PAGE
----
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GUIDELINES FOR WRITING YOUR RESEARCH

PROPOSAL
The research proposal is a vital part of the application and will be studied in detail by the academic selectors. The
proposal should be around 1,000-2,000 words and include an outline of your proposed research topic, the
research method, and the source materials you intend to use. You may wish to discuss your draft proposal with a
member of SOAS staff in the appropriate Department/Centre but do be mindful of formal application deadlines. The
purpose of the proposal is both to pinpoint your areas of interest so that a supervisor can be identified if necessary
and to assess your independent ability to undertake research.
RESEARCH PROPOSAL TITLE
The title should give a clear idea of what your project is about. This is not a title for a book meant to catch the
attention of potential readers, but just a concise and accurate description of your research project.
RESEARCH PROJECT
The following points should be developed in the proposal:
1. Your main thesis or research question(s): explain in one paragraph what you will be exploring and what you
will try to establish.
2. How original is your project and how significant: give your assessment of the existing literature on your topic
and explain in what ways your own research will enrich the topic’s scholarly knowledge. If that applies, explain
what contribution to the general theoretical field you intend to bring through your specific research.
3. What theoretical view will inform your research: explain how you locate yourself in the theoretical fields, both
the theories of your general field of enquiry and the specific field to which your topic pertains, and explain what
set of conceptual tools and investigation methodologies will inform your research.
4. How you will develop your thesis: explain how you will apply your theoretical and methodological approach to
the development of your main thesis (summarised in point 1), i.e. the main sections of the thesis that you
envisage to write and the stages of your investigation:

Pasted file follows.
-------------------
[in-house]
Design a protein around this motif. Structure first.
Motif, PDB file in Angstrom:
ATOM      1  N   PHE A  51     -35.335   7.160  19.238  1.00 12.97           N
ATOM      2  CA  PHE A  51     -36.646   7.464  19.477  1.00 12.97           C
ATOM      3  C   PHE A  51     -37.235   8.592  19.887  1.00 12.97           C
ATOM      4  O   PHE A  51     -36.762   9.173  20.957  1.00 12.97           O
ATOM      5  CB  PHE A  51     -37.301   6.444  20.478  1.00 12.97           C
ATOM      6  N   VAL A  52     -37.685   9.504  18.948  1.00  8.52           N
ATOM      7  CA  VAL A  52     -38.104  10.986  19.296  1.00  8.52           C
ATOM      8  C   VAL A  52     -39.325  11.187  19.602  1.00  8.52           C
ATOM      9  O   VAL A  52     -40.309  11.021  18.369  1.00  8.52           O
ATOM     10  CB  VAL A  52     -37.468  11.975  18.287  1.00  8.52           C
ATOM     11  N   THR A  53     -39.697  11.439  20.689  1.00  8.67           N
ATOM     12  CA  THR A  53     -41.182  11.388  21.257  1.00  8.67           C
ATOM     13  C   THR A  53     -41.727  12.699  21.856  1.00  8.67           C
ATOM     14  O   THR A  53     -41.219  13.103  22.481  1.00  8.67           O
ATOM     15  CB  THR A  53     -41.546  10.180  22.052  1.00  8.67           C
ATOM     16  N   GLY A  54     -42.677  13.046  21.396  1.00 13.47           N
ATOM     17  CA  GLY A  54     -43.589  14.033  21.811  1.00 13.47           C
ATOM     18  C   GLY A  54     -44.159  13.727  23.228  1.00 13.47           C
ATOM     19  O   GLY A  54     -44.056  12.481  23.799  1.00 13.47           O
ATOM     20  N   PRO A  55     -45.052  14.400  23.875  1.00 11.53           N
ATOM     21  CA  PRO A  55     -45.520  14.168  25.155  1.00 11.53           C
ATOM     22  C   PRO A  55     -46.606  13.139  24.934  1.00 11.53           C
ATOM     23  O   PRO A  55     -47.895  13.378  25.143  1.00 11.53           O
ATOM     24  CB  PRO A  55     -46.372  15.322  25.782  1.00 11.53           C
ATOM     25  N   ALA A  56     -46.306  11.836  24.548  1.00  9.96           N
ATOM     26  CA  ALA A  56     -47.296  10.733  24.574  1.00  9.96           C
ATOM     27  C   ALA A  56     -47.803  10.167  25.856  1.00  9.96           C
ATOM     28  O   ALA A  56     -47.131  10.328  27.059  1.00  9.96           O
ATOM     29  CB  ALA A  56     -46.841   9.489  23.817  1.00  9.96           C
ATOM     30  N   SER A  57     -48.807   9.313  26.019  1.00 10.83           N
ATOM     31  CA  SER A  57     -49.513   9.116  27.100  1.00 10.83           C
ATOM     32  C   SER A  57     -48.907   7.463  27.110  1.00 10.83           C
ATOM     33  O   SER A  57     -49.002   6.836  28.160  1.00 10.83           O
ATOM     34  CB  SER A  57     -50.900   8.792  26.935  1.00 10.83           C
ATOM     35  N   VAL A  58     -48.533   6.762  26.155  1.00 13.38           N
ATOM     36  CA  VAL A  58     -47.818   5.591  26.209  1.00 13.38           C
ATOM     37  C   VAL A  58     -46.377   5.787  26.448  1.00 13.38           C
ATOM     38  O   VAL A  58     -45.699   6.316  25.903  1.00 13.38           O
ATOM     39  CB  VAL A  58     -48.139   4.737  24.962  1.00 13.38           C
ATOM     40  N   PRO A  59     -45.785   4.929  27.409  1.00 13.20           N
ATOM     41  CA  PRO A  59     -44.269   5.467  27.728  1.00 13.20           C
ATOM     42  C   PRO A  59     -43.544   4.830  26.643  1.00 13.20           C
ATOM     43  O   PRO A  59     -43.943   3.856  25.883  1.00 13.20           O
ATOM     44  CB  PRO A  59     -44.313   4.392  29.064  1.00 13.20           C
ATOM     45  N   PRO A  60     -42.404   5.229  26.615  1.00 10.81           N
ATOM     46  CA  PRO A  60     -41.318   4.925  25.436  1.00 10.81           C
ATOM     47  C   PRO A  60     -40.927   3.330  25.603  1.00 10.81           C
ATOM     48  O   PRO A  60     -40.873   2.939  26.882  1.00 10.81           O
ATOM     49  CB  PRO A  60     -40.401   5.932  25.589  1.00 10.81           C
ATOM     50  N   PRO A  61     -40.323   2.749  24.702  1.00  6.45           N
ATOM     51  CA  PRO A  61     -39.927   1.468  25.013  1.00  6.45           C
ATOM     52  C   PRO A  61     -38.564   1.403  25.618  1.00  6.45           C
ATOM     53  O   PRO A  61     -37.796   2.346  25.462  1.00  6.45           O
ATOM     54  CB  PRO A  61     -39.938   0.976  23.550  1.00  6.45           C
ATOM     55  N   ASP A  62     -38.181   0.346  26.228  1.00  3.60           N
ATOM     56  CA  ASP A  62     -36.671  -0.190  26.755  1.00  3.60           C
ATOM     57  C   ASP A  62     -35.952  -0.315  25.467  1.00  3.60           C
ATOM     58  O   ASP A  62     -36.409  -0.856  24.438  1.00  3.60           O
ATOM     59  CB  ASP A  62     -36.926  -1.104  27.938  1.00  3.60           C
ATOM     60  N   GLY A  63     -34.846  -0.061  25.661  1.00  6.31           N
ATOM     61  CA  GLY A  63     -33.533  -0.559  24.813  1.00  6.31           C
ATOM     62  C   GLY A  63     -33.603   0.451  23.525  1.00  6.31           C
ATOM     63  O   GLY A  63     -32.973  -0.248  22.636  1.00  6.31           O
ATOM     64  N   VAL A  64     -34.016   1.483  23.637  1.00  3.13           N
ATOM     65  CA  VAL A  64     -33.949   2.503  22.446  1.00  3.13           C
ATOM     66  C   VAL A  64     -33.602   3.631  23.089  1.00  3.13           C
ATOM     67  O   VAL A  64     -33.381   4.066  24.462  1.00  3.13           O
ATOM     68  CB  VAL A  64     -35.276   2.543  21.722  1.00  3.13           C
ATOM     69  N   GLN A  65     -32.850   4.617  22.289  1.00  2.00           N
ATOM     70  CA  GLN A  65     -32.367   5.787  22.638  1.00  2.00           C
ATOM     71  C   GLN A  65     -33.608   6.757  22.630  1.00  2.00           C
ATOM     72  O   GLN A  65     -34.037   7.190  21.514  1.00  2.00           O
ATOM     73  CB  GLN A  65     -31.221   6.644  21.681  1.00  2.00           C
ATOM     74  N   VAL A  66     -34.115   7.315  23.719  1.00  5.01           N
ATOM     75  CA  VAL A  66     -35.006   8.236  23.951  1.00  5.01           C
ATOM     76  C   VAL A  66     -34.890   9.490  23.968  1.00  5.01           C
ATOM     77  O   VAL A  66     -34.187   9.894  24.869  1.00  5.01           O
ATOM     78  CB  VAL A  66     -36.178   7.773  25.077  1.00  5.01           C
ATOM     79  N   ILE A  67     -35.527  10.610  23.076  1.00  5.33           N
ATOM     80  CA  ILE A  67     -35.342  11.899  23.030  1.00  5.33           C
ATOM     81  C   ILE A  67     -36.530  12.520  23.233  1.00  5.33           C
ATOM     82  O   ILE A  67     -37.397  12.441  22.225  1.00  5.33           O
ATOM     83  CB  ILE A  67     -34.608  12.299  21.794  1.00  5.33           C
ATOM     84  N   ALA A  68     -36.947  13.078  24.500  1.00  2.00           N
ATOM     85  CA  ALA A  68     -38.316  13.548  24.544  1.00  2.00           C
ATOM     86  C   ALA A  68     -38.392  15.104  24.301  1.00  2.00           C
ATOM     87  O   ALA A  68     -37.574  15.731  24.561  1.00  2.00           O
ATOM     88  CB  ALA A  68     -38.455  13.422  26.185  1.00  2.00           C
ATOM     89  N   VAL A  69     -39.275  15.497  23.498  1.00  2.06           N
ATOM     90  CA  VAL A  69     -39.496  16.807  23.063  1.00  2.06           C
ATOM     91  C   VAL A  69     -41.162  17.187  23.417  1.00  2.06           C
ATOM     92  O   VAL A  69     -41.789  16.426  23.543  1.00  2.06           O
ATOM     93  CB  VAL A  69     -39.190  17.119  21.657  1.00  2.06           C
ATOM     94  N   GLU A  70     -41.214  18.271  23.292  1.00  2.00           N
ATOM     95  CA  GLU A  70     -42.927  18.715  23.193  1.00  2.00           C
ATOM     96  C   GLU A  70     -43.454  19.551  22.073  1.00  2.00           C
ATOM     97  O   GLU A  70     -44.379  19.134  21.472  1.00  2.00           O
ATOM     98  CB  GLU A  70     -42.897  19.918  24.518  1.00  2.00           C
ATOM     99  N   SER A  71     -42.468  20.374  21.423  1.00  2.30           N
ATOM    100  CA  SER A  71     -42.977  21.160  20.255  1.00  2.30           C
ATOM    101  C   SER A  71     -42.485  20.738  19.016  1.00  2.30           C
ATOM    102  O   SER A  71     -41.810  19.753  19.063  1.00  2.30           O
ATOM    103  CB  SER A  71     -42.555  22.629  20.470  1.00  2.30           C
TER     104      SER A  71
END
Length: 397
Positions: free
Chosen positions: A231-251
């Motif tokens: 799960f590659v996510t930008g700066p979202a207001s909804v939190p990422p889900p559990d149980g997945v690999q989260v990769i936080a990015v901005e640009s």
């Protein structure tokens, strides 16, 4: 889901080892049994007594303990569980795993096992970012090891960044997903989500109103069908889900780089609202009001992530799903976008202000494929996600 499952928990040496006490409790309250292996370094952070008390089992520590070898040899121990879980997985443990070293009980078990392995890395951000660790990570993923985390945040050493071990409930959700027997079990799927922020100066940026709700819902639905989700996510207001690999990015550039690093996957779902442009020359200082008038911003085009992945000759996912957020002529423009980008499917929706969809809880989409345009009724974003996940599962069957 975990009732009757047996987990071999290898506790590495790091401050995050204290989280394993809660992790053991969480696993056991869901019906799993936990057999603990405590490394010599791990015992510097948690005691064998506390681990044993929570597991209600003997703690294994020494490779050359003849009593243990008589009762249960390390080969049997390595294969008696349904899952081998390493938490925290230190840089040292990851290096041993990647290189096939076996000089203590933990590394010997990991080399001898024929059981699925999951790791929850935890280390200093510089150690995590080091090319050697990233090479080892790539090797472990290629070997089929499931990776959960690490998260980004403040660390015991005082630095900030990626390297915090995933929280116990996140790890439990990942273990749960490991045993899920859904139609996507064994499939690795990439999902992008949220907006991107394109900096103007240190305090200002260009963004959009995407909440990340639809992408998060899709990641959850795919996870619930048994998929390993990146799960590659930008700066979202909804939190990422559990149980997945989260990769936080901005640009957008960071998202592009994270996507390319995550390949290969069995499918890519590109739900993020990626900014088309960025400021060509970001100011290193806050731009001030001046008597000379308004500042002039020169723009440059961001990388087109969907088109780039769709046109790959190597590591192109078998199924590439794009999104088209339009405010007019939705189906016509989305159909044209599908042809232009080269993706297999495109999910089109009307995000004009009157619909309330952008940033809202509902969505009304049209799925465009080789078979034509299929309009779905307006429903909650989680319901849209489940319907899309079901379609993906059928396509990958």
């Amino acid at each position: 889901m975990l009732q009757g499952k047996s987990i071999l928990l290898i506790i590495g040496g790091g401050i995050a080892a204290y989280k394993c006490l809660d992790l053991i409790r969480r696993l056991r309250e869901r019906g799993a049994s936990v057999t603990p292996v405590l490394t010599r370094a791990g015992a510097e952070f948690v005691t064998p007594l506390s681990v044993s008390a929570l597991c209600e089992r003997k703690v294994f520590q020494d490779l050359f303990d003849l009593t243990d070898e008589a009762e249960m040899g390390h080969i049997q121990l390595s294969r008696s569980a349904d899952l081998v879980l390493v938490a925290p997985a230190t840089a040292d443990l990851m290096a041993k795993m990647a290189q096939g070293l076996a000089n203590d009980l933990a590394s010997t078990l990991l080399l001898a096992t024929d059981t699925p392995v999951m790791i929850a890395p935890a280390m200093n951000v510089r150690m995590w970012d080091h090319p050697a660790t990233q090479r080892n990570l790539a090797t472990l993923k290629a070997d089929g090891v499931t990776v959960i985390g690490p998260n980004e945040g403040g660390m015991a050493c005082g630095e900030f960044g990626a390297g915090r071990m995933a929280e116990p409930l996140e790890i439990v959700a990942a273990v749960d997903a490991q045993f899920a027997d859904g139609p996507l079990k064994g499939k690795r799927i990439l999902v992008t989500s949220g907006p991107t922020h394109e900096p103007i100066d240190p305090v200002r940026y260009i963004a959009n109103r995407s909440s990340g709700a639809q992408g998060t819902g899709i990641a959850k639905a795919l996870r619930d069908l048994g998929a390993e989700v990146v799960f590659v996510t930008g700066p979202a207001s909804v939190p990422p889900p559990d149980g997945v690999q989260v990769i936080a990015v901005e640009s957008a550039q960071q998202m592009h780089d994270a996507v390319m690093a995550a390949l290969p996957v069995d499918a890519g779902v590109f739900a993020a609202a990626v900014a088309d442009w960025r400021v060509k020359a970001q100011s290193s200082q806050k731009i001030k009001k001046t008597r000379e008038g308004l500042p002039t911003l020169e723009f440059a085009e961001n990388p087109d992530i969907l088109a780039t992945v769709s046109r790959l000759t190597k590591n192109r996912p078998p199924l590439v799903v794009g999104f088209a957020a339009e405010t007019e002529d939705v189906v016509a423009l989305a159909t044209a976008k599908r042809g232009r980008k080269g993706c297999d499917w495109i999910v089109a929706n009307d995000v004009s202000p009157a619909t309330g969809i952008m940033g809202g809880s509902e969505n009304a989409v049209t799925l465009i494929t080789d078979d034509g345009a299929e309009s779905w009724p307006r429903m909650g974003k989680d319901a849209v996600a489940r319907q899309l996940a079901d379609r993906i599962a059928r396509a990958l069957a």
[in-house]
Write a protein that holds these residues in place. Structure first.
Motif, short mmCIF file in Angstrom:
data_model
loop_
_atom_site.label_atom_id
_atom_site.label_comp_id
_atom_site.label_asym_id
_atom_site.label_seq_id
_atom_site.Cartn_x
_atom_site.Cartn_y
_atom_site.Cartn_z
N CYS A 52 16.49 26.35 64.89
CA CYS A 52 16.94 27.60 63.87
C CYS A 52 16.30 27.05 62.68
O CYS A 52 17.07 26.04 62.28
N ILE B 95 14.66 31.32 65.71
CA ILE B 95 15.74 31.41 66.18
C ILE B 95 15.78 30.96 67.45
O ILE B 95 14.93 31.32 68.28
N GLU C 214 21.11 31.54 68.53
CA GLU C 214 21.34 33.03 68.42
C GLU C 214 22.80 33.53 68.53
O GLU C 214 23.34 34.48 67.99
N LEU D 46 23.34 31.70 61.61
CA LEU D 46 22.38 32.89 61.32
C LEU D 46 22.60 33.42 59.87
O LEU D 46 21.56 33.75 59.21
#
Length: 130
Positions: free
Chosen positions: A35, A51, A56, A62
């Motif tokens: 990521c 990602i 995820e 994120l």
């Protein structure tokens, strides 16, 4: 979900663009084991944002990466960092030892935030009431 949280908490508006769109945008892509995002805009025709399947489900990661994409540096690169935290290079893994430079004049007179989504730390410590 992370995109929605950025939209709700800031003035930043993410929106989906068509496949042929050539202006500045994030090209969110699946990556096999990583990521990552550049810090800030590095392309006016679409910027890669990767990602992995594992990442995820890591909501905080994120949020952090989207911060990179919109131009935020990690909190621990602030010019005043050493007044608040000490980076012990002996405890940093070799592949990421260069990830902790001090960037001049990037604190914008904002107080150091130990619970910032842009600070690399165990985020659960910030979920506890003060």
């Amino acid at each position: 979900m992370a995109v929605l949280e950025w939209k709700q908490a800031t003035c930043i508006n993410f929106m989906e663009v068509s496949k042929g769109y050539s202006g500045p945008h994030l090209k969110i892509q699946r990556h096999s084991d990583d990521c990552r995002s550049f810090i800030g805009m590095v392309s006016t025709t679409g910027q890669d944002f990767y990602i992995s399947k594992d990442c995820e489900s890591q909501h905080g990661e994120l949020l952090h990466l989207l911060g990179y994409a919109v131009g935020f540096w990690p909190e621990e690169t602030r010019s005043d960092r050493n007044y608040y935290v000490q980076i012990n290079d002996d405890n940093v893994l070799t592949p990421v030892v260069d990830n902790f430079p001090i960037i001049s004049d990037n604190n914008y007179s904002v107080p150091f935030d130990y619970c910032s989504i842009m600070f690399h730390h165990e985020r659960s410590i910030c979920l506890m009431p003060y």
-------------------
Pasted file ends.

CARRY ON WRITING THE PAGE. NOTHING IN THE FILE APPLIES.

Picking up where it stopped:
- the theoretical investigation (what literature you plan to survey and discuss);
- the empirical investigation/fieldwork: where, and how, i.e. what research methodology you intend to use,
and how you will use it concretely (depending on your kind of research: archival and data resources,
interviews, polls, etc.)
5. Your work schedule: explain how you intend to research and write your thesis within the three-year period
allocated for a full-time PhD research (six years part-time), knowing that:
- the first year (MPhil) is a preparatory year during which you will undertake research training, take part in
seminars, and focus on the literature review and the planning of the next two years. These will make the
core of your upgrade (to PhD) paper;
- the second year is normally devoted to the empirical investigation / data collection, where you may conduct
field research;
- the third year is devoted to writing your thesis and completing a full draft;
- submission of the thesis for examination must be within four years (full-time) or seven years (part-time).
6. You must explain how you will be able to achieve your plan within three years (or six years for part-time
students). The two questions you’ll need to answer here are:
- How feasible is your project in the assigned duration?
- What makes you believe you can achieve it during this duration?
RESEARCH FUNDING
Explain how you intend to fund your PhD years, whether private funding or scholarship. If you require funding to
undertake the PhD:
- clarify whether you have funding secured already, and if so, which one(s)
- if you intend to apply, state which one(s).
BIBLIOGRAPHY
Attach a one-page preliminary bibliography focused on what is most relevant to your specific research topic and
your theoretical and methodological approach.
These guidelines are not intended to be an exhaustive or overly prescriptive definition of what constitutes
a successful research proposal but may be helpful to applicants who are unfamiliar with the process.
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SOAS, University of London
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